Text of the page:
Why is protein design hard?
A designed protein must fold entirely on its own, without direction or instruction from any outside source.
The number of possible folds for a protein is huge, and a protein dissolved in solution is generally free to sample any of those possible folds. But if the protein sequence is chosen carefully, then the protein chain will have lower energy in one fold than in any other, and the protein will naturally prefer that lowest-energy fold.
It is difficult to choose the sequence because there are also many possible protein sequences (more than there are atoms in the universe!). And, once we choose a sequence for our target fold, we cannot check all the possible folds to ensure that our target fold has the lowest energy.
For a deeper discussion about the difficulties of protein design, see this previous blog post.
How can computer gamers design proteins?
Figure 1 below shows the Foldit game interface. Foldit players have a number of tools that allow them to change both the fold and the sequence of a virtual protein. The player's score is calculated from the energy of the virtual protein, with a state-of-the-art energy function developed by academic protein scientists. By competing with one another to reach the highest score, Foldit players arrive at virtual proteins with extremely low energies (a high Foldit score corresponds to a low protein energy).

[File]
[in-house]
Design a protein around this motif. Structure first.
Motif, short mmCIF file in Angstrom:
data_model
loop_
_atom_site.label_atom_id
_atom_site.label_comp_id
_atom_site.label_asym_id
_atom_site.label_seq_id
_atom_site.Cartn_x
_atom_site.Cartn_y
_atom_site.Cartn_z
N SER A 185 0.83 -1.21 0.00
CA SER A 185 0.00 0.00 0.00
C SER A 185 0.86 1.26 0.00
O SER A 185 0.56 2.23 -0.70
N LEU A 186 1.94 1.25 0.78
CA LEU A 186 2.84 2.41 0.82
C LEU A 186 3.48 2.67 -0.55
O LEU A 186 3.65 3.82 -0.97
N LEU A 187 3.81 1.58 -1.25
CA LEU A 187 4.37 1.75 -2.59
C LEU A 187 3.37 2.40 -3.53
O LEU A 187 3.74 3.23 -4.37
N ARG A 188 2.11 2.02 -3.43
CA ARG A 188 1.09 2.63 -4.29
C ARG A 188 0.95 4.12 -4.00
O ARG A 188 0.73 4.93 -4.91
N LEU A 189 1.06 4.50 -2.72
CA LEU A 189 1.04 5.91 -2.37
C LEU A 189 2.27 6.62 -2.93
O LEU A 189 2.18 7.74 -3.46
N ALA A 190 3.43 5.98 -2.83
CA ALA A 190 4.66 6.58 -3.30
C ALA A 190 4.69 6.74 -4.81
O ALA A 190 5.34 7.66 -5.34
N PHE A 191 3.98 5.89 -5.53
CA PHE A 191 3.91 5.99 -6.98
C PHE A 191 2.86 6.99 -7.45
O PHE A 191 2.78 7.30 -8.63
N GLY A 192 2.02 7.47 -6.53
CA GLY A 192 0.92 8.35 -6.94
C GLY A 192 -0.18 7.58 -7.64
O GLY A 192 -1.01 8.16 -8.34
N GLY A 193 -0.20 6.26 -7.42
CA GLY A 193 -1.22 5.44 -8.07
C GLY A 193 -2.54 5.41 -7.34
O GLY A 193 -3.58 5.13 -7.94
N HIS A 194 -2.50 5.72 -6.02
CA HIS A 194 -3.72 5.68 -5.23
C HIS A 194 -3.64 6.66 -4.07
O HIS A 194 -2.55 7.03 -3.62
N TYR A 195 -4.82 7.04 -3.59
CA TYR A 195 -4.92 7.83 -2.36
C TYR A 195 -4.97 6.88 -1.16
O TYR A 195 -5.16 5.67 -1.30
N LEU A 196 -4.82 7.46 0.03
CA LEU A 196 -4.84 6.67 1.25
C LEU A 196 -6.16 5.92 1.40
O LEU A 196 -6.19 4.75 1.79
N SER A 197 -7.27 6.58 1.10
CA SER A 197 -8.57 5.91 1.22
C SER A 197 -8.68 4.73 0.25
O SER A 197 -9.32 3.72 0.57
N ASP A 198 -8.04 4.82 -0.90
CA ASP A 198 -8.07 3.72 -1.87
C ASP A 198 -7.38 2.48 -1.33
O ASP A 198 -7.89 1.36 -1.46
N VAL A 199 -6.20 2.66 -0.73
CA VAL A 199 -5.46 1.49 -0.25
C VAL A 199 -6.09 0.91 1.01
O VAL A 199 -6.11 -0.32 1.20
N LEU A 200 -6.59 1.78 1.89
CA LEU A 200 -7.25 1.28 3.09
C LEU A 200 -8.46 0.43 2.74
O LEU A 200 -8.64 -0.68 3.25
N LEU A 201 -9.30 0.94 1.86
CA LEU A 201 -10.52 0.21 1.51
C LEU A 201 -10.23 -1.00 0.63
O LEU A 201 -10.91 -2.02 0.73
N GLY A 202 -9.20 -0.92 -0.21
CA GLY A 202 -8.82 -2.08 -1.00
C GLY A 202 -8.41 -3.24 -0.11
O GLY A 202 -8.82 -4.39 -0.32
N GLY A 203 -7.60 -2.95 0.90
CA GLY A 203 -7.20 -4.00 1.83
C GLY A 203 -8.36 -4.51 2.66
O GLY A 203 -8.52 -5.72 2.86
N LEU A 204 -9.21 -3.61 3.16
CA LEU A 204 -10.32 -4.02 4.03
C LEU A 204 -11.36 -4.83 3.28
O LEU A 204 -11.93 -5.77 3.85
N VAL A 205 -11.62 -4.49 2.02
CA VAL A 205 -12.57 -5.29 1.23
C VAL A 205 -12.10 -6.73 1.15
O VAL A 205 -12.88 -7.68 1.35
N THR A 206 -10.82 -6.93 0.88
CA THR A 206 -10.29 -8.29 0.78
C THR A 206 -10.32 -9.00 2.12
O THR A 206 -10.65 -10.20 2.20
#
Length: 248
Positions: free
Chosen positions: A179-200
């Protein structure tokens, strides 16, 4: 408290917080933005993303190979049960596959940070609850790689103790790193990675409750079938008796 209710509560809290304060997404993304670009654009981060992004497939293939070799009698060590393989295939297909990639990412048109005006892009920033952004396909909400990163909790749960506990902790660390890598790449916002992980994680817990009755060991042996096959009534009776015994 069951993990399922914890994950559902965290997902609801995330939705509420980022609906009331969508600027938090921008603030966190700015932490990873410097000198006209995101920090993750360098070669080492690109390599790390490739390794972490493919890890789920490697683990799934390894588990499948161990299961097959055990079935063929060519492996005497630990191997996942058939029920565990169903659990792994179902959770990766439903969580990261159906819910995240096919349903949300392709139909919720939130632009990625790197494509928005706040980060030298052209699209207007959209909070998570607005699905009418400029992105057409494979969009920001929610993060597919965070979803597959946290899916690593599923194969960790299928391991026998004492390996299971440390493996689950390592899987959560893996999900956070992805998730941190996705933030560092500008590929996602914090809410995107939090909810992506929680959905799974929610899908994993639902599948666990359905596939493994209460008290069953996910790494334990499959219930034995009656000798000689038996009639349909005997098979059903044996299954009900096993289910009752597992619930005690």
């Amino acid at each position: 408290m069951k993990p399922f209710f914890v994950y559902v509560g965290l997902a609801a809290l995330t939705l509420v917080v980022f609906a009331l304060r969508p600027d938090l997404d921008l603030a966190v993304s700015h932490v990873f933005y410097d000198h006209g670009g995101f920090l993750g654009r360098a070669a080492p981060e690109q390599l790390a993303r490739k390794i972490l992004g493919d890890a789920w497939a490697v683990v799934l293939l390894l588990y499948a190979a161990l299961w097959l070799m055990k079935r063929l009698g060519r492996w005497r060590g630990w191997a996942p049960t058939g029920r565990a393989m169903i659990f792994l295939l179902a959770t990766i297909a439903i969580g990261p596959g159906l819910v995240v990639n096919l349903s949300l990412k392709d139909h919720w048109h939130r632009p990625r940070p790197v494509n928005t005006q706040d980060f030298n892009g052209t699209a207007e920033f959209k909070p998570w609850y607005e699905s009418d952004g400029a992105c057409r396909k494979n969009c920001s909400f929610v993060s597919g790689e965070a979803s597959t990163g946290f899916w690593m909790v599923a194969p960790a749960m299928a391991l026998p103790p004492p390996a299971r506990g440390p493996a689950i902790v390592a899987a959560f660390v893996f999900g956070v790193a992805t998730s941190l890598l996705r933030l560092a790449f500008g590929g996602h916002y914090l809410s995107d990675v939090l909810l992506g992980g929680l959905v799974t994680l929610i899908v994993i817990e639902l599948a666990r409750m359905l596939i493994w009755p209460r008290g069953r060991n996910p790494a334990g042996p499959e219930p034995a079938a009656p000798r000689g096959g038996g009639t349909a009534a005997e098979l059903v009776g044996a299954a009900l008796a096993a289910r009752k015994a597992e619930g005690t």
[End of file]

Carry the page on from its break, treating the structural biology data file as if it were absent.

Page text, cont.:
Since energy alone is not enough for protein design, the Foldit team has had to make some adjustments to the Foldit score function. Every step of the way, we’ve relied on the work of Foldit players to expose problems with our score function. Foldit players are excellent at exploring new kinds of protein folds that are unlike anything seen in nature. For this reason, Foldit players are incredibly helpful for identifying unanticipated weaknesses in our energy function, and ultimately can improve our understanding of protein folding.